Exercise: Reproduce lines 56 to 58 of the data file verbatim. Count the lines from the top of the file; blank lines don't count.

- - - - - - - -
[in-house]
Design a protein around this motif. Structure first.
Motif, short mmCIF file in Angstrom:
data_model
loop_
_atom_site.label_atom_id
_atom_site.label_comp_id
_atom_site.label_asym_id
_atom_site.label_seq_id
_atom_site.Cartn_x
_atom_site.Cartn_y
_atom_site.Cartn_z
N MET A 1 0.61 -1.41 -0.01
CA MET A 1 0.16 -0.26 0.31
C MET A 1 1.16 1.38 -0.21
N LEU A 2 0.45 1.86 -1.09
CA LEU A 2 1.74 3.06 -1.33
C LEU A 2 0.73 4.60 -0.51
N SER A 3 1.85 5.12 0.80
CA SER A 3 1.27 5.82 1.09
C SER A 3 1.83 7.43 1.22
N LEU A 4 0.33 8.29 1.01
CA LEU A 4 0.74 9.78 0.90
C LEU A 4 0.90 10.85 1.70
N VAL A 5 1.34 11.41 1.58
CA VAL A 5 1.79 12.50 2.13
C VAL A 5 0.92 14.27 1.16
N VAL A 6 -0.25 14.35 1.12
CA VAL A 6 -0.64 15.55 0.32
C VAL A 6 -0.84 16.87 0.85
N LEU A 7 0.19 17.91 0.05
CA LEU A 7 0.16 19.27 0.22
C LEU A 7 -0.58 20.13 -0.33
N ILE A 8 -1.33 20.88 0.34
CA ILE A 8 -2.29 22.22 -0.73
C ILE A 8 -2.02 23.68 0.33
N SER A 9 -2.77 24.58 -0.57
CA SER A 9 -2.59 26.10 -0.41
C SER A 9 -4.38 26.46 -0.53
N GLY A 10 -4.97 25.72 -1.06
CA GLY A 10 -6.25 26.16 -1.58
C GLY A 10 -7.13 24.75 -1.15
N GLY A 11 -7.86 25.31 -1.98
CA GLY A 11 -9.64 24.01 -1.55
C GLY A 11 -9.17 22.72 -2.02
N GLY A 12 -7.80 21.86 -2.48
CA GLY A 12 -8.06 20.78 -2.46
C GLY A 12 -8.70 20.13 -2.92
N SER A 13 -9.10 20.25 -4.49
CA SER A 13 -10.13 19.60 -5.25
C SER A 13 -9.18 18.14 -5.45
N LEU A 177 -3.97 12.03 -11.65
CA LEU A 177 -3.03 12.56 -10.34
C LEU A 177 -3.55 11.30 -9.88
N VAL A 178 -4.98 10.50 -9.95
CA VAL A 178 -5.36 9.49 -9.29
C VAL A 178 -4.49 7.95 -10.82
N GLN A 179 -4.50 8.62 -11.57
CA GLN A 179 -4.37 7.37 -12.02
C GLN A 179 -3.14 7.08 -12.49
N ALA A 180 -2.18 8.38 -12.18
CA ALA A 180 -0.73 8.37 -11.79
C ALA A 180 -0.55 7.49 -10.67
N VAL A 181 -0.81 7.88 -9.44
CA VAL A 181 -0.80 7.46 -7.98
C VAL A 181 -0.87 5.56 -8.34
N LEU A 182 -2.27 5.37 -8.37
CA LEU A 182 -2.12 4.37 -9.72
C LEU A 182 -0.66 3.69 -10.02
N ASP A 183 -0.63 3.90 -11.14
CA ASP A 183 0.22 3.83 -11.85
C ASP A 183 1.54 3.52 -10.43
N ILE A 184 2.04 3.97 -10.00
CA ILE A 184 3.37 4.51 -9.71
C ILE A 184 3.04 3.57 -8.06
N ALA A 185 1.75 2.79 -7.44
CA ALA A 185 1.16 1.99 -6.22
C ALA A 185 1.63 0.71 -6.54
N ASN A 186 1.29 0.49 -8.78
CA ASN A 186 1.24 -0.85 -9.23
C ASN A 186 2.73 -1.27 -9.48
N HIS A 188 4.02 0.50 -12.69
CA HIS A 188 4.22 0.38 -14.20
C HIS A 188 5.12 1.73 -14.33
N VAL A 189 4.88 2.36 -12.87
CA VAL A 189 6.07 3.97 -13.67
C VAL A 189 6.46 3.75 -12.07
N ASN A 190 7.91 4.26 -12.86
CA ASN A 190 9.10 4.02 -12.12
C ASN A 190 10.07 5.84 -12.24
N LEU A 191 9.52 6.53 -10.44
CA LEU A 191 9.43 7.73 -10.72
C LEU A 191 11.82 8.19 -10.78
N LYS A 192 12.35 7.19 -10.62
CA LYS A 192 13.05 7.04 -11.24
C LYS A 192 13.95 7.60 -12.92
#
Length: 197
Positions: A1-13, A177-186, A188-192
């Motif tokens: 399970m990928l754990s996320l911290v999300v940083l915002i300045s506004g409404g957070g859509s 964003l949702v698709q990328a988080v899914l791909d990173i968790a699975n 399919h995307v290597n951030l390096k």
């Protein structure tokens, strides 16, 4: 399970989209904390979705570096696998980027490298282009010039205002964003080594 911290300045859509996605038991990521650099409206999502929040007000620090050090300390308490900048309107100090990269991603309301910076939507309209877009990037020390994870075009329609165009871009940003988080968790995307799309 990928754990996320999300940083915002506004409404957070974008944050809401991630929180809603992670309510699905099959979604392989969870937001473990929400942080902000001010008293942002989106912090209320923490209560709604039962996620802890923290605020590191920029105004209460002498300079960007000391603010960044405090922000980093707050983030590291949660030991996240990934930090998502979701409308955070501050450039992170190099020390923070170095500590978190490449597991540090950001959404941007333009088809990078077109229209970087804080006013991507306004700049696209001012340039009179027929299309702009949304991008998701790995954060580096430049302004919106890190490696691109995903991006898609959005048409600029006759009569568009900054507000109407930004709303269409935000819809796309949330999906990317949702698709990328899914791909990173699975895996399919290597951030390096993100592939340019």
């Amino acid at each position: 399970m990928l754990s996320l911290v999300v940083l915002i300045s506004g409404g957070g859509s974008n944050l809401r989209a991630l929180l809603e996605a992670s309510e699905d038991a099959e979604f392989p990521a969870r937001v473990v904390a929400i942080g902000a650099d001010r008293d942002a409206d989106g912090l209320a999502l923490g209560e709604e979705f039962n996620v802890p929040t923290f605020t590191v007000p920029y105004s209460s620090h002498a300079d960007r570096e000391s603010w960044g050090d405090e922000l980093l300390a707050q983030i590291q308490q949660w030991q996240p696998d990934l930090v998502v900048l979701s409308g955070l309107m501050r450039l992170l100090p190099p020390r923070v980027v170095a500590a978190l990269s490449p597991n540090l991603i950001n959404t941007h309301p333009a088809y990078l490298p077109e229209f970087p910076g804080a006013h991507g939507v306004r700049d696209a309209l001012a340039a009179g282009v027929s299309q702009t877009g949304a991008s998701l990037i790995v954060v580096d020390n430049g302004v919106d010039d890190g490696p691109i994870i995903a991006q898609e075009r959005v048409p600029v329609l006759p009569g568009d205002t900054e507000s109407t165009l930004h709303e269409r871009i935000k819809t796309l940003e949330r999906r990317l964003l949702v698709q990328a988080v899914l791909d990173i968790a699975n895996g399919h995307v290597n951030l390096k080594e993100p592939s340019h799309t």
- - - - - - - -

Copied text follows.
CA VAL A 178 -5.36 9.49 -9.29
C VAL A 178 -4.49 7.95 -10.82
N GLN A 179 -4.50 8.62 -11.57